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Cryptocurrency might be ‘battle royale’ on veto day


FILE – An advertisement of Bitcoin, one of the cryptocurrencies, is displayed on a building in Hong Kong, on Nov. 18, 2021. Crypto exchange Bittrex was fined $24 million by U.S. authorities on Tuesday, Oct. 11, 2022, for helping clients evade U.S. sanctions in places such as Syria, Iran and Crimea. (AP Photo/Kin Cheung, File)

PIERRE, S.D. (KELO) — A fight over the governor’s effort to stop a piece of nationally endorsed legislation from becoming law in South Dakota could be the main event Monday when the Legislature returns for the final work of its 2023 session.

HB-1193 is one of four vetoes from Governor Kristi Noem that lawmakers will consider that morning. It’s the only one that made it through both chambers with more than the two-thirds majorities needed for a veto override.


The other three are HB-1209 that would allow hemp manufacturers to have THC content as high as 5% during part of the processing; SB-108 that would let underage students sip alcohol as part of school courses; and SB-129 that would give educators the same level of legal protections as law enforcement and first responders against violent crimes.

Governor Kristi Noem has labeled 1193 “an attack on economic freedom.” In a letter to the Legislature, she said the legislation would “expressly” exclude cryptocurrencies from the definition of money.

The bill came from several years of work by the national Uniform Law Commission. South Dakota Bankers Association president Karl Adam has strongly defended it, saying that the governor and those legislators who voted against it don’t understand that it would allow banks to treat cryptocurrencies as controllable electronic records and accept them as collateral.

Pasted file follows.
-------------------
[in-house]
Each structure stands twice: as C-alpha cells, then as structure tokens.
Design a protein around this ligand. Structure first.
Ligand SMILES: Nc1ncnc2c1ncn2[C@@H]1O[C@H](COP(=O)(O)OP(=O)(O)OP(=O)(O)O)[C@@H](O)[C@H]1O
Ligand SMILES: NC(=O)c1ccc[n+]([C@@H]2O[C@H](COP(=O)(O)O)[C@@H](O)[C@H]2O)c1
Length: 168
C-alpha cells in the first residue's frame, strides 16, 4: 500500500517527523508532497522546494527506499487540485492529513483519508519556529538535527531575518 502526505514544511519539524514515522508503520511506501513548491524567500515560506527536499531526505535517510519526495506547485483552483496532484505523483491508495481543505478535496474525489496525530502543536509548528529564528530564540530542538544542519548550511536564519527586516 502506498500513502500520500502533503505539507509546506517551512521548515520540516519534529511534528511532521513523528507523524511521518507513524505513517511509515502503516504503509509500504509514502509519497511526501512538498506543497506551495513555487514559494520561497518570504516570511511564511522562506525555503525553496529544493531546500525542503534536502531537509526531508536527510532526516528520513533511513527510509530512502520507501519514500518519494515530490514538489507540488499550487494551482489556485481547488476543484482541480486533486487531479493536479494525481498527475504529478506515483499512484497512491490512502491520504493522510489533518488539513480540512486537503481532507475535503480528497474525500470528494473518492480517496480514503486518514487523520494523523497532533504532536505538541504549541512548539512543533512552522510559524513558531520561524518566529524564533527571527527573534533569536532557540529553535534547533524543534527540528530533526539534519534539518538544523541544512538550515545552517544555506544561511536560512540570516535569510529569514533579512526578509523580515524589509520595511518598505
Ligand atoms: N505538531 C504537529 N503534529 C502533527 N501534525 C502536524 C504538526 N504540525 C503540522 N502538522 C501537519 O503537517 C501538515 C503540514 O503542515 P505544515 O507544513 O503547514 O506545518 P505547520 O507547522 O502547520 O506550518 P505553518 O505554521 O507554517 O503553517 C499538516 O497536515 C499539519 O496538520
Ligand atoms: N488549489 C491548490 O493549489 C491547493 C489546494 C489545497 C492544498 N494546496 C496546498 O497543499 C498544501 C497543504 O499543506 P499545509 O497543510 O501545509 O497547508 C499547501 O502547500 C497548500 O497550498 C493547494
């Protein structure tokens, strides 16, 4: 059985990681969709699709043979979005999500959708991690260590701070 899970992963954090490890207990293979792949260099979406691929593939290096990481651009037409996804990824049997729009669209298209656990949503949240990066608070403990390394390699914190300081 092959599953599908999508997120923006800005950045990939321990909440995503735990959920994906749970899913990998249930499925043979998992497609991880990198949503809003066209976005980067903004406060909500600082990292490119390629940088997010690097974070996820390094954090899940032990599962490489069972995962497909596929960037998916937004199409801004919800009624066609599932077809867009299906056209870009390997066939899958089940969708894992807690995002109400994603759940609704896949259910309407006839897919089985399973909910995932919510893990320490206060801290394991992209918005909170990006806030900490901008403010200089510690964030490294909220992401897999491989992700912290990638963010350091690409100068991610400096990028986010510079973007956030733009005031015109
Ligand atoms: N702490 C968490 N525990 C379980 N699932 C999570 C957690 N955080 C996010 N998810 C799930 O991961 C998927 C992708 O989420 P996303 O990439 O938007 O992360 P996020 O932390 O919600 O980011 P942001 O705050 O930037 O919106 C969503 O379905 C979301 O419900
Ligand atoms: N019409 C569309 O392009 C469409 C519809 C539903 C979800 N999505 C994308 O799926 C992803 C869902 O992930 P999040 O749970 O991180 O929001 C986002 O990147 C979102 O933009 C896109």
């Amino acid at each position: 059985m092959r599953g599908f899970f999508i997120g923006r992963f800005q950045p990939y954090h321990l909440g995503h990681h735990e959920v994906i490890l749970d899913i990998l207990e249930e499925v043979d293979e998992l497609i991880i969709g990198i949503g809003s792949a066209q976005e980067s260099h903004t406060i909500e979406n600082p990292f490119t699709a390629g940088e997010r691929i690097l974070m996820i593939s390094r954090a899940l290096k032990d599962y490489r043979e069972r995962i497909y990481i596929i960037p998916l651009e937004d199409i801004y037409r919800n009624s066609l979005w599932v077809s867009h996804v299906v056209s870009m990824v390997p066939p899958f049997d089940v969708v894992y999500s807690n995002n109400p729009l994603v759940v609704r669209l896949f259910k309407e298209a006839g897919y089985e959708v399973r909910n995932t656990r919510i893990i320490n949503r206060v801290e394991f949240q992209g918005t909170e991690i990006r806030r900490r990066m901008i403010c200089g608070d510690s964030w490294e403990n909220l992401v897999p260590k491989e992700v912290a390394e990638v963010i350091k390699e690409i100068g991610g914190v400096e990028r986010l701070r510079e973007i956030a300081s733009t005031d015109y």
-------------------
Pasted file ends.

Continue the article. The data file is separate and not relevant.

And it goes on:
“If we don’t adopt the UCC amendments in our state, South Dakota could be set back in comparison to other states seeking to attract new businesses,” Adam wrote in a blog post on Wednesday. “As companies find new ways to create and unlock value in digital assets, they will likely gravitate to states that pass these amendments, which give them more legal and financial certainty. We’ve already seen this happen. Just this week, North Dakota has adopted the UCC amendments.”

But a group of legislators known as the South Dakota Freedom Caucus praised the veto and issued a seven-page rebuttal on Thursday. “We’re not backing down,” Republican Rep. Aaron Aylward said in a statement, “we’re taking a stand to support our governor and her veto of this dangerous legislation.”

The House of Representatives is scheduled to gavel in Monday at 9 a.m. and will be the first to consider 1193 and 1209. The Senate comes in at 9 a.m. as well and will take up 108 and 129.

Should either chamber muster enough votes for an override — 47 in the House and 24 in the Senate — that specific bill would next move to the other chamber for a vote there.

The governor was successful in her first veto of the session, stopping HB-1109 that sought to let municipalities double their lodging-room tax to $4 or charge up to 4%.



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